Can you describe the Refusing to Forget project?
Between 1910 and 1920 ethnic Mexicans were targets of state-sanctioned violence. Historians estimate that as many as several thousand Mexican nationals and American citizens were killed in the Texas-Mexico border region. It is safe to say, however, that thousands more residents were terrorized, intimidated, and gravely impacted by this reign of terror. State police, U.S. soldiers, and Anglo vigilantes collaborated to displace ethnic Mexicans from economic, political, and social influence. Assailants acted with impunity and rarely faced prosecution. The state administration, the media, and local residents profiled ethnic Mexican residents as criminals and called for their killing. This state-sanctioned terror, unfortunately, has received little public attention. For most, this period of violence is forgotten, but for residents in Texas this history continues to be divisive.
Refusing to Forget (RTF) is a collaborative project that aims to memorialize and reckon with this period of violence. Led by a group of professors, the group hopes that in bringing public awareness to this often forgotten period we can also raise the profile of a struggle for justice and civil rights that continues to influence social relationships today. The first step is to reshape common understandings by commemorating this period with museum exhibits, Texas State Historical Markers, new curriculum, public programming, and a digital mapping project that will make research accessible to a wider public.
The efforts started in February 2013 when a group of scholars met at the National Association of Chicano Chicana Studies Tejas Foco in San Antonio, Texas to discuss strategies for commemorating the centennial of this period of violence. Trinidad O. Gonzales of South Texas College, John Morán González of the University of Texas at Austin, Sonia Hernández of Texas A&M at College Station, Benjamin Johnson of Loyola University in Chicago, and I participated in the day-long discussion. Local residents and staff members of state representatives also joined the afternoon conversations.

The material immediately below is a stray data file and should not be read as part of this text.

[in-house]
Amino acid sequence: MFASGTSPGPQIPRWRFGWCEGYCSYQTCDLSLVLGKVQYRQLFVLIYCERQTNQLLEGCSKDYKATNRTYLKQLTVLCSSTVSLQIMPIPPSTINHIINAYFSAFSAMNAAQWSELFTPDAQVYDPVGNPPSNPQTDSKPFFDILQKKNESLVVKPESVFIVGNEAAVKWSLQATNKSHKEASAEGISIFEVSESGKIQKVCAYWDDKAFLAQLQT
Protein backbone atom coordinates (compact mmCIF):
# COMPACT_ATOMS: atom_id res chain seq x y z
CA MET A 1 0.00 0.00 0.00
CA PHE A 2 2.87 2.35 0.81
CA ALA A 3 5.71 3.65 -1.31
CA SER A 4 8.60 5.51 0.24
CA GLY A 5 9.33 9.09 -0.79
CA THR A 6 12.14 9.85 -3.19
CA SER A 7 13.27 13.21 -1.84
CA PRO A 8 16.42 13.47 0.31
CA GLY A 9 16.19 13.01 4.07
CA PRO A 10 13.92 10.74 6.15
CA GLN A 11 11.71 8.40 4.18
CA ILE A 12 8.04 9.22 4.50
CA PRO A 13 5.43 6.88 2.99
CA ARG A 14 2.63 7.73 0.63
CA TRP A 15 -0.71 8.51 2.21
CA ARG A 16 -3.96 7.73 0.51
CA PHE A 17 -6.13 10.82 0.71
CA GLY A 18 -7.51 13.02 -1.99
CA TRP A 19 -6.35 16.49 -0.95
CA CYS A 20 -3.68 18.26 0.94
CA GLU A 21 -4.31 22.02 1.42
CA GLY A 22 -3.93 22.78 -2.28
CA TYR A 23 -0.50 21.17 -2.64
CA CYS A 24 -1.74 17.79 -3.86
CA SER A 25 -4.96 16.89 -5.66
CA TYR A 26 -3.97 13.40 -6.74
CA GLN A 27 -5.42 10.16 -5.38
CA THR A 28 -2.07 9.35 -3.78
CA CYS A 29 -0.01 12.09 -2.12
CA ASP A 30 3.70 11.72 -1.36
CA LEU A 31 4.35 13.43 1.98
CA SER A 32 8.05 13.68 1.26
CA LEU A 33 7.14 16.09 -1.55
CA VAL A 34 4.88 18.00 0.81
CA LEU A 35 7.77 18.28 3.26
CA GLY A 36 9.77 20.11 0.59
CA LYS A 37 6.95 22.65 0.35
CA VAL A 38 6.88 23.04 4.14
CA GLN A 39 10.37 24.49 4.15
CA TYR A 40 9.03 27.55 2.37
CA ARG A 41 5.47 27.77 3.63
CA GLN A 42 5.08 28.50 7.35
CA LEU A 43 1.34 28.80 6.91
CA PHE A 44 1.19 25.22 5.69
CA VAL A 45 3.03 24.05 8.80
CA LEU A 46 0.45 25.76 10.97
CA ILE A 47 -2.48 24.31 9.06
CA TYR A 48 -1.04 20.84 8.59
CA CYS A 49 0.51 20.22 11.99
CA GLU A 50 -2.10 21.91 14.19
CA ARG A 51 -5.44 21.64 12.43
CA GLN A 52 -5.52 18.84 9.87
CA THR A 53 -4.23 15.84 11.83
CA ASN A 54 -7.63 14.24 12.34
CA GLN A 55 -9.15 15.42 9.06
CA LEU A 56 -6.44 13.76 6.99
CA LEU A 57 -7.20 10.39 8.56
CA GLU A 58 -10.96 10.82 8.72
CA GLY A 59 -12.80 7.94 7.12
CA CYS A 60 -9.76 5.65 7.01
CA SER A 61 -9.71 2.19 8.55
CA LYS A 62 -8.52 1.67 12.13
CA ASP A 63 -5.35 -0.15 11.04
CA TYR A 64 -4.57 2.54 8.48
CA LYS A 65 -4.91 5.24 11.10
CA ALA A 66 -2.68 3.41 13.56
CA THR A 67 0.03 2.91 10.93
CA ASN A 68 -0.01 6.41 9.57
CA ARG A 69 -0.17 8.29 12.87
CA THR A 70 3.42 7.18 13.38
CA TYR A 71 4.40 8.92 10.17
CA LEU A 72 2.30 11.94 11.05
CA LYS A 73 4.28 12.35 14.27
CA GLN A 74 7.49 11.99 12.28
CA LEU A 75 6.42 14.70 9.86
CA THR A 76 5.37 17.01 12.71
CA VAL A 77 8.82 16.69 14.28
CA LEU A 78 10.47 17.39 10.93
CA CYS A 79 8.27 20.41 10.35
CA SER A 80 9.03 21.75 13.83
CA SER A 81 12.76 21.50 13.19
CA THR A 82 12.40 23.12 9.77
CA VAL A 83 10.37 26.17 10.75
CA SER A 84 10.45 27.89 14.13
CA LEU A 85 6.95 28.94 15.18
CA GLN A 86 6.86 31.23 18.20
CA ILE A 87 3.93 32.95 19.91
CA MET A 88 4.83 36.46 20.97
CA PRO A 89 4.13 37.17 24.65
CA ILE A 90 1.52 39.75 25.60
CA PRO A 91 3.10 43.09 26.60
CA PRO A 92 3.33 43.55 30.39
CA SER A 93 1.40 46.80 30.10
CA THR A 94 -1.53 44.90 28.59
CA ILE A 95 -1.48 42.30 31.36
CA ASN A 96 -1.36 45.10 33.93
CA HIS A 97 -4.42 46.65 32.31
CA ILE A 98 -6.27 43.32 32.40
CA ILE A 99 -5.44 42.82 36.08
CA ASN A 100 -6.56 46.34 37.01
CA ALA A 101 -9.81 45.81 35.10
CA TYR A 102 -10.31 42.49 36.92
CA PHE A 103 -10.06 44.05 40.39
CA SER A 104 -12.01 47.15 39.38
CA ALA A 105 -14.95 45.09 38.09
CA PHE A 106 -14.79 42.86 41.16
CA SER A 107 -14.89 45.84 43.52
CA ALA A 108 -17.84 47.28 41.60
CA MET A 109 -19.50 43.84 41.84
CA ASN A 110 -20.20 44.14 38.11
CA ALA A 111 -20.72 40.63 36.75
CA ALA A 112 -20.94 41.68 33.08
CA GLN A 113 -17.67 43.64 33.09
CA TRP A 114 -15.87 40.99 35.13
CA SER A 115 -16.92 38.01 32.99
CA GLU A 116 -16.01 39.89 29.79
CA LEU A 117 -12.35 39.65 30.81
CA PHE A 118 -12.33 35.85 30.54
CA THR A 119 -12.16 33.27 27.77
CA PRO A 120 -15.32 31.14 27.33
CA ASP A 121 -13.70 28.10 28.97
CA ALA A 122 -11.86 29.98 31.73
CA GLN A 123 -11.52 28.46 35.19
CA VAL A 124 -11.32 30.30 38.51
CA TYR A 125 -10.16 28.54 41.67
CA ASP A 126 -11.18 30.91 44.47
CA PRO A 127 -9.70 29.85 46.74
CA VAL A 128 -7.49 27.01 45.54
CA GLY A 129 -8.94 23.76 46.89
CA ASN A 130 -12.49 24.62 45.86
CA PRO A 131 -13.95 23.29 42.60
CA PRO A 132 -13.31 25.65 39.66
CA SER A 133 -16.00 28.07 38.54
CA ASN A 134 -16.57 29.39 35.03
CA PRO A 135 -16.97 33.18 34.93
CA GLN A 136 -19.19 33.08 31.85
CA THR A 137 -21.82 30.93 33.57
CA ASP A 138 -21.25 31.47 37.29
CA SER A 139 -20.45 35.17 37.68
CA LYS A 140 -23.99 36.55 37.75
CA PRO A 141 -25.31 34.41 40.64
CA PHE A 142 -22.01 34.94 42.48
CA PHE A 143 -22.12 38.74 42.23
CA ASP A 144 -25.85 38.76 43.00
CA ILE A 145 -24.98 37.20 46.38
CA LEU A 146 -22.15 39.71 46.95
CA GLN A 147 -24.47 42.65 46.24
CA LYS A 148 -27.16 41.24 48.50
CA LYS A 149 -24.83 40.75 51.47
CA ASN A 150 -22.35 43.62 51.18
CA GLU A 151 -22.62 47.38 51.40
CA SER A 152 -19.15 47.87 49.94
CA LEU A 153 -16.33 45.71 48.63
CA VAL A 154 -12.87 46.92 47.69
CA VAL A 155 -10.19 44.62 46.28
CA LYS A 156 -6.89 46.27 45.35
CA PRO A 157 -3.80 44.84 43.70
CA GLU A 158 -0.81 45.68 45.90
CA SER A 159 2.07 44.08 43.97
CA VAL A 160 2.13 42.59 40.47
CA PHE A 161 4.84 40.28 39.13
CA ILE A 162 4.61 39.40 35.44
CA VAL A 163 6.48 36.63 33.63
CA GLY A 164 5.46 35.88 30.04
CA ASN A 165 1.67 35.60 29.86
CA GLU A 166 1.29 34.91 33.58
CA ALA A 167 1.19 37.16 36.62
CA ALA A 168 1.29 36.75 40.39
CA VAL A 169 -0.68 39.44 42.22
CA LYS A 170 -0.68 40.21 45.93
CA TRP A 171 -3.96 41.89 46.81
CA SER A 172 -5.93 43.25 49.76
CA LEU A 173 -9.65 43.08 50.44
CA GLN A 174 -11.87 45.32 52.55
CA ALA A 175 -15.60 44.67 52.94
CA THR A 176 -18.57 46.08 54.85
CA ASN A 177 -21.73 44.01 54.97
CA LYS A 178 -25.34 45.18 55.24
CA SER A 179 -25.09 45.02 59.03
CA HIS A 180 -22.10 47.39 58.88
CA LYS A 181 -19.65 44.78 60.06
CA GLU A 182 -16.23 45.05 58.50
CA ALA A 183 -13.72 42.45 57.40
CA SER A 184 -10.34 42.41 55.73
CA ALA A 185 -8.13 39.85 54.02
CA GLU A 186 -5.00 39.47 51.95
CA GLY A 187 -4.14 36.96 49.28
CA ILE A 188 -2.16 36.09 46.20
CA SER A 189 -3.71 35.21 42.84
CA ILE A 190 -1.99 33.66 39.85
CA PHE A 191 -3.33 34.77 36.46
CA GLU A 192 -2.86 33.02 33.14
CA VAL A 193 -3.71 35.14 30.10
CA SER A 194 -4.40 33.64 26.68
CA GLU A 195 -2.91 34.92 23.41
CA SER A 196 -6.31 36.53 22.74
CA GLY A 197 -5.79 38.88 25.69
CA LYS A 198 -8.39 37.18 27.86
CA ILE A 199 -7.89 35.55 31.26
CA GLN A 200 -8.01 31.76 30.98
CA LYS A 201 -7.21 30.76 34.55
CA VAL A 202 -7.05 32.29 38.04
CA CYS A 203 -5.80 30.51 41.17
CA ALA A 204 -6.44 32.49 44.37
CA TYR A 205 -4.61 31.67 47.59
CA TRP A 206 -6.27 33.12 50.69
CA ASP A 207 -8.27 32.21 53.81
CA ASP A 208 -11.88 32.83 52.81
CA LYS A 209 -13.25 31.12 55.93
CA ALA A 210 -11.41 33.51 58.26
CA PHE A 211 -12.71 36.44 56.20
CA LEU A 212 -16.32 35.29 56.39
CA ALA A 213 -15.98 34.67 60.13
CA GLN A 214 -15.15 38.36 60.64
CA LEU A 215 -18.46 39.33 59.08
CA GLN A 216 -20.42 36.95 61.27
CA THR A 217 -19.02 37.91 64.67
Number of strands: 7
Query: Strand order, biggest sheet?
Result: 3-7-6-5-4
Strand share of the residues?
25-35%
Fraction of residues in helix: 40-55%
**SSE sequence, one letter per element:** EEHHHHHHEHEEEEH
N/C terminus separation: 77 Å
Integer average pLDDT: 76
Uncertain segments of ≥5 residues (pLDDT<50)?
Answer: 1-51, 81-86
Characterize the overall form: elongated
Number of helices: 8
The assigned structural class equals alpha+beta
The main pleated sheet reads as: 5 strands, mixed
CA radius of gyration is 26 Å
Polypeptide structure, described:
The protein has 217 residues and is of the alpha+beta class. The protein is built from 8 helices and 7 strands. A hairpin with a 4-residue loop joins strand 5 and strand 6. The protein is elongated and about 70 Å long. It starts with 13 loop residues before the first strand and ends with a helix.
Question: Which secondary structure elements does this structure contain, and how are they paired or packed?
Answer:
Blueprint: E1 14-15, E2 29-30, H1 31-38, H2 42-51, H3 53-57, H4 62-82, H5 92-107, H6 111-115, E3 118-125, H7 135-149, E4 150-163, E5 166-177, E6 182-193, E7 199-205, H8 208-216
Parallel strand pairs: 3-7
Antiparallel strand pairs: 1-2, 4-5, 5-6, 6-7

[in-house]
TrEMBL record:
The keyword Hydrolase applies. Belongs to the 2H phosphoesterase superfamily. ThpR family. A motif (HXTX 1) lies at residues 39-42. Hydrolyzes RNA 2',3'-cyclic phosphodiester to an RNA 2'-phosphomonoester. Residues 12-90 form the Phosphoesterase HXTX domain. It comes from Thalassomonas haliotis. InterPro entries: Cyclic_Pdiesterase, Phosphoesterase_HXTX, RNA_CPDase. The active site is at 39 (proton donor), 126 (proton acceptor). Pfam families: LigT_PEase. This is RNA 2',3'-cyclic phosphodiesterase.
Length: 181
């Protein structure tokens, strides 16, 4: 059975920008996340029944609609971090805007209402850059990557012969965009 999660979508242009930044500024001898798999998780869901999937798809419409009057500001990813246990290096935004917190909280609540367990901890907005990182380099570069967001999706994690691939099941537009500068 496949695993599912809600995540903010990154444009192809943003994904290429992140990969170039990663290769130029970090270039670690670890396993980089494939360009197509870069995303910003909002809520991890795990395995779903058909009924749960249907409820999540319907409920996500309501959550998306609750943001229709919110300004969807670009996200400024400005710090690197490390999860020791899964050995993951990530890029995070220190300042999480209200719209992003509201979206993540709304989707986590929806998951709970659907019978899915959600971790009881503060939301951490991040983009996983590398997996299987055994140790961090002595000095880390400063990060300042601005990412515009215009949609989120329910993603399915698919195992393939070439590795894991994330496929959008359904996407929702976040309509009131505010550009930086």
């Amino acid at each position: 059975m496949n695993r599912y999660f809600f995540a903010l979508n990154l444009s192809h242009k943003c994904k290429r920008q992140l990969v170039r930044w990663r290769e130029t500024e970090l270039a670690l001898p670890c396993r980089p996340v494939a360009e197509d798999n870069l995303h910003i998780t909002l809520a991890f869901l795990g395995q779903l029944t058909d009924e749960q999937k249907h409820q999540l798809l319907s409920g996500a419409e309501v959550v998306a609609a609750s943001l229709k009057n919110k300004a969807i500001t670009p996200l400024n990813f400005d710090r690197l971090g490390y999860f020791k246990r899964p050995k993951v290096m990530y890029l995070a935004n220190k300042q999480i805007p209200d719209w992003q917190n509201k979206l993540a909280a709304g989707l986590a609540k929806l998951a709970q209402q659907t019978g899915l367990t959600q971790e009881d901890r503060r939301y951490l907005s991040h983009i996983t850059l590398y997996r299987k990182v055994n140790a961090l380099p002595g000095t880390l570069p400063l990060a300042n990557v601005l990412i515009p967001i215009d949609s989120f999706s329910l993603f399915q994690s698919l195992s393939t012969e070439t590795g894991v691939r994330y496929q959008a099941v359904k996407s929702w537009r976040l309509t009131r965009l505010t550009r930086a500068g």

What resulted from that meeting was a multifaceted project bringing together professors, Texas residents, state legislators, and staff at Texas cultural institutions in a memorialization effort. The group collaborated with the Bullock Texas State History Museum to develop the bilingual exhibit “Life and Death on the Border, 1910–1920” that opened to the public on January 23, 2016 in Austin, Texas. We are now preparing curricular materials and developing a traveling exhibit to meet requests from teachers, public libraries, and universities. The group is also in the last stages of planning the unveiling ceremonies of Texas State Historical Markers in Webb County, Cameron County, and Presidio County.
As a group, we all see the value in academic conference presentations, symposiums, and publications. However, these conversations tend to end with a critique of the state and of state cultural institutions that perpetuate myths and at worst celebrate this violent history, which has done much to shift the academic conversation but has done little to create a lasting dialogue or shift public perception. While publications have shed light on the past, the public has remained in the dark. We realized that to serve both academic and public audiences, the work must continue beyond our academic monographs and conference presentations.
Residents have called on educators to write new lesson plans, asked that museums take a lead in presenting new perspectives, and requested that state historical associations fund public memorials that lament this period of violence. The Refusing to Forget team is committed to helping in these efforts. We have found that some state institutions are ready to reflect a narrative of Texas’s past that does not ignore the long history of state violence. Official state acknowledgement of this period of state sanctioned violence, by state institutions, is just the first step.
Can you describe your process of collaboration with local residents?